Dr. James Danaher, Professor of Philosophy, publishes "A Second Innocence,” in Oneing: An Alternative Orthodoxy, a bi-annual literary journal of the Rohr Institute.

About is essay, Dr. Danaher explains,

“In the innocence of childhood we were taught how to conceptualize the world through language acquisition and acculturation. We offered little resistance and came to see the world as we were taught to see it. Jesus, however, sees a very different world and wants us to see it as well, but in order to do that we need to enter a second innocence in which Jesus alone instructs us concerning his divine perspective. What so often keeps us from that second innocence is the belief that we already have Jesus’ perspective because we were raised in a Christian culture; that is, we imagine that we already have Jesus' conceptual understanding of things like faith, righteousness, justice, love, sin, and law. If we seriously consider the things that Jesus says, however, it should be obvious that Jesus’ conceptual understanding is radically different from our own no matter how ‘Christian’ we consider our culture to be.”

Dr. Danaher completed his Ph.D., M.Phil from City University of New York, M.A. New School, M.A. Montclair State University and B.A. Ramapo College. He also received the 2011 Arts and Sciences Scholar of the Year.

For more information:


Dr. Romaine facilitates Art for Advent series

Posted by Fernando.Arzola on Monday November 23, 2015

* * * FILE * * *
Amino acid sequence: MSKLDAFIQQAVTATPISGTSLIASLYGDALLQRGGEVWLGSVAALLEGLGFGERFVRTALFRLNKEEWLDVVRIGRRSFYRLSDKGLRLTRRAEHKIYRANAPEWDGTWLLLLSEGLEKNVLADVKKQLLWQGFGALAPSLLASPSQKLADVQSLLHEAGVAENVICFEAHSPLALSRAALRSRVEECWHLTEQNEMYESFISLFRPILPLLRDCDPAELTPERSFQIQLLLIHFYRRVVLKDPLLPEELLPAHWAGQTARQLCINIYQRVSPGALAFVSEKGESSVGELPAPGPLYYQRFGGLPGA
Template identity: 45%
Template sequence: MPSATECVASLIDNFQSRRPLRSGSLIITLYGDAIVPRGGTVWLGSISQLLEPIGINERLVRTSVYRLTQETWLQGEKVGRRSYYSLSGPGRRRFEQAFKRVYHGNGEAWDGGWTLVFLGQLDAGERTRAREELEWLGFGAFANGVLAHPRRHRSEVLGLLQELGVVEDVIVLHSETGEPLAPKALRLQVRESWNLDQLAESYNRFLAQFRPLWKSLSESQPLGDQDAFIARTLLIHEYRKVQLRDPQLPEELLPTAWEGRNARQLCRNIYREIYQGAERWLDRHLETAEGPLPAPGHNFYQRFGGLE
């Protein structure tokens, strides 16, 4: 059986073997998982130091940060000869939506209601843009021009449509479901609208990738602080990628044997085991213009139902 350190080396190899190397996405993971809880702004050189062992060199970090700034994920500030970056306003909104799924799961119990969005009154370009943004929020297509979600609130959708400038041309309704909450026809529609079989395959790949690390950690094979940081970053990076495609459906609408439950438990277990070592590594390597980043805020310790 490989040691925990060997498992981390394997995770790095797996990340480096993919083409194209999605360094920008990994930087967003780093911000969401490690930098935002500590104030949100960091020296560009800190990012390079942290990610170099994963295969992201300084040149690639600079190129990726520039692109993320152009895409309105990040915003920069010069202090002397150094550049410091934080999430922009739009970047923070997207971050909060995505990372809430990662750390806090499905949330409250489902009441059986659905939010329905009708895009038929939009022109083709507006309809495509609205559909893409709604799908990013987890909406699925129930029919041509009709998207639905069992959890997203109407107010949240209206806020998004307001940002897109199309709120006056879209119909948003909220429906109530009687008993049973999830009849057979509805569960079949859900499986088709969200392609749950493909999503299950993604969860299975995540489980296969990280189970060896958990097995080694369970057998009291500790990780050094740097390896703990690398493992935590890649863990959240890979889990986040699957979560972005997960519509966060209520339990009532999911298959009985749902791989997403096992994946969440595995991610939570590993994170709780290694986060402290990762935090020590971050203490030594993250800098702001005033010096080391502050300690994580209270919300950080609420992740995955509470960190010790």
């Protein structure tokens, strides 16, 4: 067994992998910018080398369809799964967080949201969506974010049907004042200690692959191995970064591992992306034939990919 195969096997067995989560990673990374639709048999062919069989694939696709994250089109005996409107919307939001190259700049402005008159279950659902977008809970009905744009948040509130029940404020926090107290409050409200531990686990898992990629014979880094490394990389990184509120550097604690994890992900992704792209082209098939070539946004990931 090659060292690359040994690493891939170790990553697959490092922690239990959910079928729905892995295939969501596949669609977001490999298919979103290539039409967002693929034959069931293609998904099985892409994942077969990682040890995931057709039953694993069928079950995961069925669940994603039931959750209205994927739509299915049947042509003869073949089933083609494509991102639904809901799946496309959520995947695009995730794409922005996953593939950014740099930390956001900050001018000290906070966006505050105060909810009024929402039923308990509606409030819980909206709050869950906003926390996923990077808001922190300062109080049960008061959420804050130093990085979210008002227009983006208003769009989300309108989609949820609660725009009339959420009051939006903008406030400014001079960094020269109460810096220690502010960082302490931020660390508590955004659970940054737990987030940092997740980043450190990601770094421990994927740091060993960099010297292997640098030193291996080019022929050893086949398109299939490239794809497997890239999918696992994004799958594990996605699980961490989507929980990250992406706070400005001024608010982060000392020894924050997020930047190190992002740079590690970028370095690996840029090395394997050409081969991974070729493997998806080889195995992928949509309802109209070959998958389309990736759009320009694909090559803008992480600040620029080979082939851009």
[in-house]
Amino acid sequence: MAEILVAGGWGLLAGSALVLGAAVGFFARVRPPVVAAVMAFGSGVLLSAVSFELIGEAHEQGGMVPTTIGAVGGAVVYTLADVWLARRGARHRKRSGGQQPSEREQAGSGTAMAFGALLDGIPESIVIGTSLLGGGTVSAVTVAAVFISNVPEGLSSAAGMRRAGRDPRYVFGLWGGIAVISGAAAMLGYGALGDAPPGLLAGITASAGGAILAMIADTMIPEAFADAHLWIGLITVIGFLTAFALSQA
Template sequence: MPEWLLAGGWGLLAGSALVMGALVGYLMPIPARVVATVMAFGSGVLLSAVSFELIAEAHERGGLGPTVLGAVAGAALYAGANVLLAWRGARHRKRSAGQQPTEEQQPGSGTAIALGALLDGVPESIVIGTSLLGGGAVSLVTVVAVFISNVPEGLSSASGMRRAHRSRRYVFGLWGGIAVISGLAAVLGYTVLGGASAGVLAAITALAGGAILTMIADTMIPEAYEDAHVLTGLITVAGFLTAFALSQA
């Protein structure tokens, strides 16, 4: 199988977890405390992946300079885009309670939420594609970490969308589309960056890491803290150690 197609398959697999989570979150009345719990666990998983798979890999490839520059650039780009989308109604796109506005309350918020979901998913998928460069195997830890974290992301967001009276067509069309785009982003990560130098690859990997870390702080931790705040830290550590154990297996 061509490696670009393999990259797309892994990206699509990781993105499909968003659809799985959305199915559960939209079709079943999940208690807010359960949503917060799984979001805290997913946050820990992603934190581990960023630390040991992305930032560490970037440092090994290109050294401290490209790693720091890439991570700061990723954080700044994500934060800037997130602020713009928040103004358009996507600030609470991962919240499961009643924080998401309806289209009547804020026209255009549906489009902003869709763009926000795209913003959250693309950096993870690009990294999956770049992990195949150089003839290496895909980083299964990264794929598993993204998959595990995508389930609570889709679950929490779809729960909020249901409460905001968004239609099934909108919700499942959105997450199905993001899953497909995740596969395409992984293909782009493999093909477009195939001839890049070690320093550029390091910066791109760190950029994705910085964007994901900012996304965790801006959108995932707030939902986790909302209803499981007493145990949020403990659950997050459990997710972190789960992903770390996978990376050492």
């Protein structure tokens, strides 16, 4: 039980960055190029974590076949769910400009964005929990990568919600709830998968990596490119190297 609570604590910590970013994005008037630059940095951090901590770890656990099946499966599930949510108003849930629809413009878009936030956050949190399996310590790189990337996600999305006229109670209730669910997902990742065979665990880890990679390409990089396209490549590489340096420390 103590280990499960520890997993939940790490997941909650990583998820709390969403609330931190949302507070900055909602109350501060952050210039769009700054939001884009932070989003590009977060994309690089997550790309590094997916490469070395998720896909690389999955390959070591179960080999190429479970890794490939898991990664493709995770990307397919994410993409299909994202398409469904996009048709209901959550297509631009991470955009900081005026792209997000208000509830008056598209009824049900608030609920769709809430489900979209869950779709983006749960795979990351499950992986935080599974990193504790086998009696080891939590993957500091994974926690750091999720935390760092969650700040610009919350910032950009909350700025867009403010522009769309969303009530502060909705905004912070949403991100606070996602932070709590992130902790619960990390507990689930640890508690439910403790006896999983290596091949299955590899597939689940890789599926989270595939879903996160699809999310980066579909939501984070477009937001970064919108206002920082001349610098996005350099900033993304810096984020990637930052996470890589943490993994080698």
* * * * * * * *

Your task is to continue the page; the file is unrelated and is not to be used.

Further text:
Art For Advent videos, by Nyack College art historian Dr. James Romaine will be posted on each Sunday in advent. These videos feature visually beautiful and spiritually powerful paintings of the annunciation by Renaissance artists Fra Angelico, Fra Filippo Lippi, Sandro Botticelli, and Leonardo da Vinci. To watch Art For Advent, visit Seeing Art History on YouTube. This advent season, make the visual arts a part your spiritual meditation on what the blessings of Christmas mean for you.

For a preview of Art For Advent: youtu.be/kYALLwTCl58

To watch the Art for Advent series: https://www.youtube.com/channel/UCGInLlFDxg-GgCEUQkjKwng

Dr. Ahn leads cyber security team at CyberSEED 2015

Posted by Fernando.Arzola on Saturday November 7, 2015

Dr. David Ahn, Professor of Computer Science, leads first ever student cyber security team in CyberSEED 2015 Capture the Flag Challenge competition sponsored by Comcast and University of Connecticut. The Nyack team ranked 14th. About this accomplishment, Dr. Ahn states,

“This is a truly remarkable achievement by our computer science seniors and I am so proud of them. The CyberSEED 2015 was their first ever attended cyber-security competition and they ranked high among many well-known cyber-security teams around the country including many prestigious computer science schools from Ivy League and top-notch engineering institutions. The challenge set by Symantec was a very difficult one but our students were fully engaged in the challenge for two days straight from 9 am and 9 pm each day and they achieved an outstanding result! In fact, this result is an exemplary of what the Nyack College Computer Science program is about: We are small but produce highly qualified computer scientists!”

To read more about the event:


Recent Posts

Arts and Sciences